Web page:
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Diabetes at the crossroads: relevance of disease classification to pathophysiology and treatment.

Author:
  • R David Leslie
  • Jerry Palmer
  • Nanette C Schloot
  • Åke Lernmark
Publishing year: 2016
Language: English
Pages: 13-20
Publication/Series: Diabetologia
Volume: 59
Issue: 1
Document type: Journal article review
Publisher: Springer

Abstract english

Diabetes is not a single homogeneous disease but composed of many diseases with hyperglycaemia as a common feature. Four factors have, historically, been used to identify this diversity: the age at onset; the severity of the disease, i.e. degree of loss of beta cell function; the degree of insulin resistance and the presence of diabetes-associated autoantibodies. Our broad understanding of the distinction between the two major types, type 1 diabetes mellitus and type 2 diabetes mellitus, are based on these factors, but it has become apparent that they do not precisely capture the different disease forms. Indeed, both major types of diabetes have common features, encapsulated by adult-onset autoimmune diabetes and maturity-onset diabetes of the young. As a result, there has been a repositioning of our understanding of diabetes. In this review, drawing on recent literature, we discuss the evidence that autoimmune type 1 diabetes has a broad clinical phenotype with diverse therapeutic options, while the term non-autoimmune type 2 diabetes obscures the optimal management strategy because it encompasses substantial heterogeneity. Underlying these developments is a general progression towards precision medicine with the need for precise patient characterisation, currently based on clinical phenotypes but in future augmented by laboratory-based tests. Key points • The need to clarify diabetes classification, which is currently imprecise in distinguishing major disease types, using laboratory tests • The importance of predictors of disease progression, including genetic, immune and metabolic features • The potential for predicting therapeutic responses to provide a more personalised approach to therapy.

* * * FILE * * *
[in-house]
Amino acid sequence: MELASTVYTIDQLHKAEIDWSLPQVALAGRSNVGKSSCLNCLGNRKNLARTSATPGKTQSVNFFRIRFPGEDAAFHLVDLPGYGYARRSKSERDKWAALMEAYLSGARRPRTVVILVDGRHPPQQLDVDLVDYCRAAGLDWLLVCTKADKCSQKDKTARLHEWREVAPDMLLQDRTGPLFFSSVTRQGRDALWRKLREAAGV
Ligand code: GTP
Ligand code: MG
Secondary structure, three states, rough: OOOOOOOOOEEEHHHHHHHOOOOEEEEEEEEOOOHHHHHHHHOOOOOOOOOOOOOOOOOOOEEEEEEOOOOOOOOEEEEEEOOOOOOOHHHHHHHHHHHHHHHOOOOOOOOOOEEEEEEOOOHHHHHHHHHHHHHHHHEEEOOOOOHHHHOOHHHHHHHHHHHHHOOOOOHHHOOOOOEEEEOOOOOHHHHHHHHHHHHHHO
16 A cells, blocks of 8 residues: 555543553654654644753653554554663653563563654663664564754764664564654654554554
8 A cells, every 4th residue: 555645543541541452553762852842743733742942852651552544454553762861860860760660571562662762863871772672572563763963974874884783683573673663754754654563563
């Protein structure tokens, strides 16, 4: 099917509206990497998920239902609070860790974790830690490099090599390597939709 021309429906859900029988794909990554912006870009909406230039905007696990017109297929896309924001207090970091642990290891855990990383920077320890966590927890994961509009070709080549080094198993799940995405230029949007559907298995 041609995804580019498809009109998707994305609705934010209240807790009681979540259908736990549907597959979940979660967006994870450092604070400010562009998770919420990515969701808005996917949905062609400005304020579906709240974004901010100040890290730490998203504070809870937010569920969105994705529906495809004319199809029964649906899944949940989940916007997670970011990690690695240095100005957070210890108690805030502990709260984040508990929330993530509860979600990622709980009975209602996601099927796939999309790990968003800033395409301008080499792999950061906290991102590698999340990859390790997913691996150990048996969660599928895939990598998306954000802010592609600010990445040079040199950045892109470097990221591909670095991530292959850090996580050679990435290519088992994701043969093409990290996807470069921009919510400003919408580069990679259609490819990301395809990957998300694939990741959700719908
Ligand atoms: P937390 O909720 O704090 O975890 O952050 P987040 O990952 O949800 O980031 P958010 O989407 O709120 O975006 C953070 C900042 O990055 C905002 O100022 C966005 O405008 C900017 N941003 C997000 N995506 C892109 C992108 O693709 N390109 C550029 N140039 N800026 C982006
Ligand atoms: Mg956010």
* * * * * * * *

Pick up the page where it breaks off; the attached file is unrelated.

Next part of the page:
Keywords

  • Endocrinology and Diabetes

Other

Published
  • Diabetes and Celiac Unit
  • ISSN: 1432-0428
E-mail: ake [dot] lernmark [at] med [dot] lu [dot] se

Principal investigator

Diabetes and Celiac Unit

+46 40 39 19 01

+46 70 616 47 79

60:11:015

Jan Waldenströms gata 35, Malmö

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Lund University Diabetes Centre, CRC, SUS Malmö, Jan Waldenströms gata 35, House 91:12. SE-214 28 Malmö. Telephone: +46 40 39 10 00